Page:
Arms exports account for the lion’s share of French trade with countries like Qatar and Kuwait, said Frédéric Encel, a professor of geopolitics at the Paris Business School. Such contracts “take years to negotiate”, he told French daily Le Parisien. “No mosque or NGO can halt the sale of French bombers or Rafale fighters jets.”
Describing the boycott as a “micro-phenomenon”, Encel said Middle Eastern countries would also be reluctant to provoke retaliatory action by France’s European partners.
“For economic reasons, governments will ensure the protest action remains marginal,” Encel told Le Parisien. He added: “For most Muslim countries, the European Union is a more important trade partner than China, the United States or India. They cannot risk incurring sanctions from their principal trading partner.”
As the backlash against France widens, European leaders have rallied behind the French president and slammed Erdogan’s attacks on Macron.
“They are defamatory comments that are completely unacceptable, particularly against the backdrop of the horrific murder of the French teacher Samuel Paty by an Islamist fanatic,” German Chancellor Angela Merkel’s spokesman Steffen Seibert told reporters on Monday.
The prime ministers of Italy, the Netherlands and Greece also expressed support for France, as did European Commission president Ursula von der Leyen.
“President Erdogan’s words addressing President @EmmanuelMacron are unacceptable,” Dutch Prime Minister Mark Rutte tweeted, adding that the Netherlands stood “for the freedom of speech and against extremism and radicalism.”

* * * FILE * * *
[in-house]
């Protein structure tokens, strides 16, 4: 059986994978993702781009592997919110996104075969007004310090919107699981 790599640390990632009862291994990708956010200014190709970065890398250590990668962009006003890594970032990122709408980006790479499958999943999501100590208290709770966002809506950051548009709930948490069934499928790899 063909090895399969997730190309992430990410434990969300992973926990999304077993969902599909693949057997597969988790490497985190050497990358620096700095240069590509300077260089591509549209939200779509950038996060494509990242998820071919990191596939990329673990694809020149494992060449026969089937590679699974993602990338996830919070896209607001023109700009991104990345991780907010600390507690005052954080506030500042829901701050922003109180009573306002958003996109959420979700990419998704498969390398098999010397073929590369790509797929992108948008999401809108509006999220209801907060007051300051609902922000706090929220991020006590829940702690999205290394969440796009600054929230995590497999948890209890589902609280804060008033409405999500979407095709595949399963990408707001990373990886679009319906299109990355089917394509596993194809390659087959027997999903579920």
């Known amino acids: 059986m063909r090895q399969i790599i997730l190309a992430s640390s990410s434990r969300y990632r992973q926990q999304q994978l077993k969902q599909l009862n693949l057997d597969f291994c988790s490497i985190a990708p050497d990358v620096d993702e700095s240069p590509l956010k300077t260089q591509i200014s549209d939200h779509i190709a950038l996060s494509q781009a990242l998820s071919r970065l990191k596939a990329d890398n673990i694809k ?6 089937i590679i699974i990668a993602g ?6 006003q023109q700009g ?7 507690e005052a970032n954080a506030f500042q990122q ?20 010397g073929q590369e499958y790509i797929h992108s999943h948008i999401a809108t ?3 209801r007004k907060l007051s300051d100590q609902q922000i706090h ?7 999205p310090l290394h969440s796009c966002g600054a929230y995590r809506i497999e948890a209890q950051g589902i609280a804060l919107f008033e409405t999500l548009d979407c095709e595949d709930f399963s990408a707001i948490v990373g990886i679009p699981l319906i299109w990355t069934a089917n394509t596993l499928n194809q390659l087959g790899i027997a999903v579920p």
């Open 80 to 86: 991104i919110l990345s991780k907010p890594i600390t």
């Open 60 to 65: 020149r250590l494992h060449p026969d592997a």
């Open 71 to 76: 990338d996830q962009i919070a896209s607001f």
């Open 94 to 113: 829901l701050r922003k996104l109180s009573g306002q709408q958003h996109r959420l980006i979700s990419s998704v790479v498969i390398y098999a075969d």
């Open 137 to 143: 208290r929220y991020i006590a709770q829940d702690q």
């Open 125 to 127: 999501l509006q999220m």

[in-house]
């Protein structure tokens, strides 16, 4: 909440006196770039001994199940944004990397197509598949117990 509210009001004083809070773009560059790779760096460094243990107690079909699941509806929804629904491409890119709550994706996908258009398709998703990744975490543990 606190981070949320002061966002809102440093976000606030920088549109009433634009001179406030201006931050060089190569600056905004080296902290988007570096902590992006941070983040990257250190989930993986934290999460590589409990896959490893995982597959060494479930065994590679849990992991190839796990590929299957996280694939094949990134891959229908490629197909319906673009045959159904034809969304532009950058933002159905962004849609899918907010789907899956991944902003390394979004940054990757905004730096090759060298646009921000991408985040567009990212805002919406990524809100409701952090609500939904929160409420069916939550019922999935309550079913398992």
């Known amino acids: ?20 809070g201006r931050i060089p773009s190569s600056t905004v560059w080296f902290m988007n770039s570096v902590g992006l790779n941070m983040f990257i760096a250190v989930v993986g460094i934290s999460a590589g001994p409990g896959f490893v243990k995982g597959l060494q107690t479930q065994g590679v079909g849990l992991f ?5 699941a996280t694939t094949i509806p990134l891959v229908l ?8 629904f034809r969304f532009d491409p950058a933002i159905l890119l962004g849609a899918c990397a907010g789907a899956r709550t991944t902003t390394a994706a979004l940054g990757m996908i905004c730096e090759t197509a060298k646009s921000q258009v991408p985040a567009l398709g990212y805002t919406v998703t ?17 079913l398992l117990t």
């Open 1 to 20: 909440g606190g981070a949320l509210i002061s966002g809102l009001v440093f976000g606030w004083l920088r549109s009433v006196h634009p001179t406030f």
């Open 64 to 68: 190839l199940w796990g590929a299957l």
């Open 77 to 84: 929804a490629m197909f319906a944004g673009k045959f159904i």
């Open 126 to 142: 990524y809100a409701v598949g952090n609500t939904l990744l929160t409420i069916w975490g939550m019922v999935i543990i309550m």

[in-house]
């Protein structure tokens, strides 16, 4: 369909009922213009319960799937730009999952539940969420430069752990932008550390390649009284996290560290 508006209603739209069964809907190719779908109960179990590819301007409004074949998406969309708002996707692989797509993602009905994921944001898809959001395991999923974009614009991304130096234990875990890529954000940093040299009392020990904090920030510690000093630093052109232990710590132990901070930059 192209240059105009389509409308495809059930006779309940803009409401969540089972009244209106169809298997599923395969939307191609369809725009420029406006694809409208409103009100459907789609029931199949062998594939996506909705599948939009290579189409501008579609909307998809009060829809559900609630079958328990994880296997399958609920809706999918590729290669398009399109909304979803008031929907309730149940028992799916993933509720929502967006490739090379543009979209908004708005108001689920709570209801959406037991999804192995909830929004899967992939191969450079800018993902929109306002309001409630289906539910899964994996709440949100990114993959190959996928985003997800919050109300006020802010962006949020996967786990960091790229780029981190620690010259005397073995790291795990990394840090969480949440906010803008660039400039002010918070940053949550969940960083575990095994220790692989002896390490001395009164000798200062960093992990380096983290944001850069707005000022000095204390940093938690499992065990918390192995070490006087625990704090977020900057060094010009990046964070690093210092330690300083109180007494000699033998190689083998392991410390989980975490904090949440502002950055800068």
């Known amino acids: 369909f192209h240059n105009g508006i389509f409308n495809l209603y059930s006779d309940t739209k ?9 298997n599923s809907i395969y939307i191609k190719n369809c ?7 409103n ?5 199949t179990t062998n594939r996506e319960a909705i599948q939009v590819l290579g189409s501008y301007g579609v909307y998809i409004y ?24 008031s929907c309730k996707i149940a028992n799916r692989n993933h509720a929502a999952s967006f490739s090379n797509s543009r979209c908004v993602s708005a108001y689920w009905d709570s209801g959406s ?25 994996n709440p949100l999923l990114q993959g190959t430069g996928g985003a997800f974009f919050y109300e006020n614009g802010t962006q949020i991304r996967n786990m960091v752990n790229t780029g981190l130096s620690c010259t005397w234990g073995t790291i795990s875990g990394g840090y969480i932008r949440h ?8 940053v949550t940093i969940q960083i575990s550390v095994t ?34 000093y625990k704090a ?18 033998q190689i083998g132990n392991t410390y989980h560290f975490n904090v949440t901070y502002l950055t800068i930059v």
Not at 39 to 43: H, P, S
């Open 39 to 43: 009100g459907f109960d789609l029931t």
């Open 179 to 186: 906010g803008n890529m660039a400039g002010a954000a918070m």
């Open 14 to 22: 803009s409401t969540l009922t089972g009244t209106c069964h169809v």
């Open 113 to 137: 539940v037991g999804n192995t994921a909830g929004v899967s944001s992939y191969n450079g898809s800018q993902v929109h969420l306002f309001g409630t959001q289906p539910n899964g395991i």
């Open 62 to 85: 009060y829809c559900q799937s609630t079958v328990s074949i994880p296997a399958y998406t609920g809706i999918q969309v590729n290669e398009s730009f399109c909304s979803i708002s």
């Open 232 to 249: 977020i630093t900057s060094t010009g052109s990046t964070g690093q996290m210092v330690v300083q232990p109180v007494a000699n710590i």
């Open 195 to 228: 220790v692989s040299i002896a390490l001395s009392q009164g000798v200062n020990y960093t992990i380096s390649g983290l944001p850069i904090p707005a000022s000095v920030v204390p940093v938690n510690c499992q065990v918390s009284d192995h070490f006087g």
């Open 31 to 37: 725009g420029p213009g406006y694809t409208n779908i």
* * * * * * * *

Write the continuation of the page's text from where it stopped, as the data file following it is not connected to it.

President Erdogan’s words addressing President @EmmanuelMacron are unacceptable. The Netherlands stands firmly with France and for the collective values of the European Union. For the freedom of speech and against extremism and radicalism.
— Mark Rutte (@MinPres) October 26, 2020
Italy’s Prime Minister Giuseppe Conte tweeted: “Personal insults don’t help the positive agenda the EU wants to have with Turkey but pushes solutions further away.”
‘Hurt the sentiments of millions of Muslims’
Erdogan is not the only head of state to have admonished France and its president for allegedly offending Muslims.
In a series of tweets posted on Sunday, Pakistan’s Prime Minister Imran Khan accused Macron of “attacking Islam, clearly without having any understanding of it”.
Khan added: “President Macron has attacked and hurt the sentiments of millions of Muslims in Europe & across the world.”
through encouraging the display of blasphemous cartoons targeting Islam & our Prophet PBUH. By attacking Islam, clearly without having any understanding of it, President Macron has attacked & hurt the sentiments of millions of Muslims in Europe & across the world.
— Imran Khan (@ImranKhanPTI) October 25, 2020
Earlier this month, before Paty’s murder in a Paris suburb, Macron unveiled a plan to fight was he called “Islamist separatism” in France. He stressed that he was referring to “radical Islamism” and not Muslims in general, though he also argued that Islam was “in crisis everywhere in the world”.
(FRANCE 24 with AFP)